"When I was a newly arrived Jamaican immigrant, I had many obstacles to overcome, including a language barrier," says Staceyann Sinclair '01, vice president of the JWU Alumni Council. Although no one in her family had a college degree and financing a university education seemed like an insurmountable challenge, Sinclair says, "I somehow always knew that I'd find a way to make it happen."
Have you ever been told that you couldn't do something? In 1914, when Misses Johnson and Wales started a business school with two students and a typewriter, they were told they couldn't. But with JWU's centennial approaching in 2014, it's clear that they could. Today many JWU students and alumni embody this same spirit of the school's determined founders — embracing challenges and overcoming obstacles to achieve their goals.
It was that self-determination that helped Sinclair secure the scholarship support necessary to attend the North Miami Campus. But even that wasn't enough. She still needed to work part time to make ends meet. Despite her grueling schedule, Sinclair found the time to be active on campus, knowing it would sharpen her professional skills.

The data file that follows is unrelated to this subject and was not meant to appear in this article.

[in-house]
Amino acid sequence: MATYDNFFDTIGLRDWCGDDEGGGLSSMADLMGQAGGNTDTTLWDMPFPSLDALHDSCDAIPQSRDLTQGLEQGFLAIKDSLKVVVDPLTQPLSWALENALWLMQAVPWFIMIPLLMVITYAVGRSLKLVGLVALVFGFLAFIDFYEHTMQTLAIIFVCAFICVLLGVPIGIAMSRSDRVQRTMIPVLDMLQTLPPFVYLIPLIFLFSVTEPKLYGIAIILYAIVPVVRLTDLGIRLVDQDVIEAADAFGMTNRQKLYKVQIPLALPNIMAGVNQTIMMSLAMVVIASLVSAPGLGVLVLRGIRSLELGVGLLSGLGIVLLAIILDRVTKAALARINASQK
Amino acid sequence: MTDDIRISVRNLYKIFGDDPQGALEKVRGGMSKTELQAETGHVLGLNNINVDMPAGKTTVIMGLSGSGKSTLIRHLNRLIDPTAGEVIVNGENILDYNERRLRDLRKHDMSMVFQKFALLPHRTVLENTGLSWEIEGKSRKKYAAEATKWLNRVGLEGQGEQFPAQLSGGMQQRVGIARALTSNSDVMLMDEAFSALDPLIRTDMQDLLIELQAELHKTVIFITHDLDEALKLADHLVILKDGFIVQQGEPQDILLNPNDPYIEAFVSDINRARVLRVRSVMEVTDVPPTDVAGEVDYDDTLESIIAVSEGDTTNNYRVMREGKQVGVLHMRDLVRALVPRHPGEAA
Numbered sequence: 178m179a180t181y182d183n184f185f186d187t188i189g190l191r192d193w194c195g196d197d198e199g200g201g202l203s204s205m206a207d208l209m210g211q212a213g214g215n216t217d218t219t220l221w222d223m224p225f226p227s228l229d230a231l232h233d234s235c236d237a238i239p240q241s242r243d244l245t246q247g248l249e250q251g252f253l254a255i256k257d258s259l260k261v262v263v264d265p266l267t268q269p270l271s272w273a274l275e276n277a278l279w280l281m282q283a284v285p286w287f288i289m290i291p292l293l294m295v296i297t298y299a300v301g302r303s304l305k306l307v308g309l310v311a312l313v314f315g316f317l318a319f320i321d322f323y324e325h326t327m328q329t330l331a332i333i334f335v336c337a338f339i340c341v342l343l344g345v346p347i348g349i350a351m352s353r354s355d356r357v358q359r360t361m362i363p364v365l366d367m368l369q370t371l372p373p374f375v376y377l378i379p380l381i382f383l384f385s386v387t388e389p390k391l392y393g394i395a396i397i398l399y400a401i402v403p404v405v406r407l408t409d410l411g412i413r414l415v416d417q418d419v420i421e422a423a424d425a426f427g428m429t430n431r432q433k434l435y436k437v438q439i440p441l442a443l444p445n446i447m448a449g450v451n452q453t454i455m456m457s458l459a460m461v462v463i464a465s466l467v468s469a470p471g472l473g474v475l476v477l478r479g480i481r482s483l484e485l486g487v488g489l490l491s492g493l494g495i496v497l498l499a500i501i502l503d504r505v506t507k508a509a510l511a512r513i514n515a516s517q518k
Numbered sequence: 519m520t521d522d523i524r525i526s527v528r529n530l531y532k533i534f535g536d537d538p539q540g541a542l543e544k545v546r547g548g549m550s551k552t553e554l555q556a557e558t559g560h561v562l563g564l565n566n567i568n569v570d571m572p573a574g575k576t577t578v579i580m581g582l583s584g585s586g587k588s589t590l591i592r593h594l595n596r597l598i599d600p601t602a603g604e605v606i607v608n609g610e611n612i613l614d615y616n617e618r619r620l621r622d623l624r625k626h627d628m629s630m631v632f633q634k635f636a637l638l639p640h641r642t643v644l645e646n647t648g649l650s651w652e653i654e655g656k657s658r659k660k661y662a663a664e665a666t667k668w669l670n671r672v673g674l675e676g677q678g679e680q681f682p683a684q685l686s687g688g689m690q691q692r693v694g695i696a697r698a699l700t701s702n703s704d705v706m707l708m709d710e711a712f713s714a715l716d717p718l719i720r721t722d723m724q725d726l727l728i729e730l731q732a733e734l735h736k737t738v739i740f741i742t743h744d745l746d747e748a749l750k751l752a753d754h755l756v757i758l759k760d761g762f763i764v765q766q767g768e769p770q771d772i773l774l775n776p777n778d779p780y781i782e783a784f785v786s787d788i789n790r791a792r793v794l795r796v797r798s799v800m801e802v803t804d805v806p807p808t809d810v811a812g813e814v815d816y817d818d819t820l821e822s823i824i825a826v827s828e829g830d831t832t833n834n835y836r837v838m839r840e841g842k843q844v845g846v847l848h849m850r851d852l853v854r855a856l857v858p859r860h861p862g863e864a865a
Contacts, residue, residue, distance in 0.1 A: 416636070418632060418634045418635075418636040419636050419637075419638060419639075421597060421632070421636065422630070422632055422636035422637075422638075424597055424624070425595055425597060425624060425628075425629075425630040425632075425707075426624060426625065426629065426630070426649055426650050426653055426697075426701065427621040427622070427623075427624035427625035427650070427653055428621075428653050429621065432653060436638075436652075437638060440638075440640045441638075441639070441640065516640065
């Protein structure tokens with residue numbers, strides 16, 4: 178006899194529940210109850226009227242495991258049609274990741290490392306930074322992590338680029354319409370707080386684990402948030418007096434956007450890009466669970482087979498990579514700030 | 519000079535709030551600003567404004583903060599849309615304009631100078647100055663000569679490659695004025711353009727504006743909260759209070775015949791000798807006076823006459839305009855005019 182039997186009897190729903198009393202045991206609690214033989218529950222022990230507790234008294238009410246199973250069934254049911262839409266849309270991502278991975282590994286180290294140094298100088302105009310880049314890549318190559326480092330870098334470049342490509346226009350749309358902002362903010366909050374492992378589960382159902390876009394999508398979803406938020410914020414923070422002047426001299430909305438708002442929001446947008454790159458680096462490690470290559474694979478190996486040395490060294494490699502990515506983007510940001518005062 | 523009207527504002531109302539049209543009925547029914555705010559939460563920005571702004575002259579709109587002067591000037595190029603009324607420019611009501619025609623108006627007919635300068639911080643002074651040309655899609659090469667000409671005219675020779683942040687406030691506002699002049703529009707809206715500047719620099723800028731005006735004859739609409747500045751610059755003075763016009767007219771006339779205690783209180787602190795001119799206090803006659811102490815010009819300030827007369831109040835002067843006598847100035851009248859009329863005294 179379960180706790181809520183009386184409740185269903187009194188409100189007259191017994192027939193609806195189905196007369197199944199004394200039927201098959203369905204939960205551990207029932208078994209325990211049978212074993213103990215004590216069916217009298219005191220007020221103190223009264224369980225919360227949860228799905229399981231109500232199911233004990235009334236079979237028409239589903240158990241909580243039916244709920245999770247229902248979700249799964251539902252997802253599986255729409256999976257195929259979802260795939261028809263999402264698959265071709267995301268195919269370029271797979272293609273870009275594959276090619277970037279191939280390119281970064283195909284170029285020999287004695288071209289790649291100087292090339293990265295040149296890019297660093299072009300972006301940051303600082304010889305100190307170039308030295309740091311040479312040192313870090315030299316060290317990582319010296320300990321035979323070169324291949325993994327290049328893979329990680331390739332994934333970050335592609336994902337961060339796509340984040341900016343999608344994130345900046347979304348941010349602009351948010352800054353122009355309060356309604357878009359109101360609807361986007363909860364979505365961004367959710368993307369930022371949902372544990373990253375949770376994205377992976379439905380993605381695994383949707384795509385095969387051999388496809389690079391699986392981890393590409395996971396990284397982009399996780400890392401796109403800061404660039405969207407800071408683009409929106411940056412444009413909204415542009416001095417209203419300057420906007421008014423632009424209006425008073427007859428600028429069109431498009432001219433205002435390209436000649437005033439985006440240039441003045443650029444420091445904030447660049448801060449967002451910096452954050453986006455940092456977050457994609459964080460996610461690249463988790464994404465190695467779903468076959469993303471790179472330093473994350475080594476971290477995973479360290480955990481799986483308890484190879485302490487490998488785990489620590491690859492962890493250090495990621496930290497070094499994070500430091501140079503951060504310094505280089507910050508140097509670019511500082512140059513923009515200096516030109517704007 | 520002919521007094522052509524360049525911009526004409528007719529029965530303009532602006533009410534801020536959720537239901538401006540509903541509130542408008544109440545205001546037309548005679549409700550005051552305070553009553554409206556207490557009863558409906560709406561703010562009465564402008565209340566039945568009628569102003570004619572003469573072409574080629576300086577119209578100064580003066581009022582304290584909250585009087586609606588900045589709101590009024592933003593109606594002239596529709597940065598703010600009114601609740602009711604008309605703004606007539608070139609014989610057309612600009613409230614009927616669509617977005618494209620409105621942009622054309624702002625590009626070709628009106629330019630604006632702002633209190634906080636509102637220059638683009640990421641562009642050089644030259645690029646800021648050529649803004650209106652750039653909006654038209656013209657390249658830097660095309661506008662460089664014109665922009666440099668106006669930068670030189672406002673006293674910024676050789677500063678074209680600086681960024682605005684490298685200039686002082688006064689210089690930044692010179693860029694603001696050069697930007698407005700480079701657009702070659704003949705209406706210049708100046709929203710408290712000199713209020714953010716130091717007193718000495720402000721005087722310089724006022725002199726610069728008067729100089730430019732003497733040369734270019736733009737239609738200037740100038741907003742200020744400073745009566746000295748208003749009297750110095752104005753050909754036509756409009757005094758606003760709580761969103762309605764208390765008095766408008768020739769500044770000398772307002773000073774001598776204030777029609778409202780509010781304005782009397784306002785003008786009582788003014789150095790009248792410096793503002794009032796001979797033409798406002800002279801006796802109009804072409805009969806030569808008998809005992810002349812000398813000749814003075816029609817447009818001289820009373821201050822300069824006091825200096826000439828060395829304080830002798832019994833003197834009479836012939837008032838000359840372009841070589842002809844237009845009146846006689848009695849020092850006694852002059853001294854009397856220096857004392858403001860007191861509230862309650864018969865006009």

"I was definitely involved, first as a member and then president of Future Business Leaders of America (FBLA) and Delta Epsilon Chi (DECA). I was also a peer counselor and an admissions road runner, and graduated with a 3.8 GPA," she says. "Having to juggle so many tasks, network, speak publicly and lead teams were tremendous opportunities that led to my career success."
As admissions director for Rasmussen College, Sinclair is more cognizant than ever of the importance of scholarship aid. "Without aid and scholarships, I never would have been able to get through JWU. That's a huge reason why I give to the JWU Fund and, as I do better in life, I'll give more."
In September, Sinclair will become still more involved with JWU when she succeeds Clay Snyder '93 as Alumni Council president.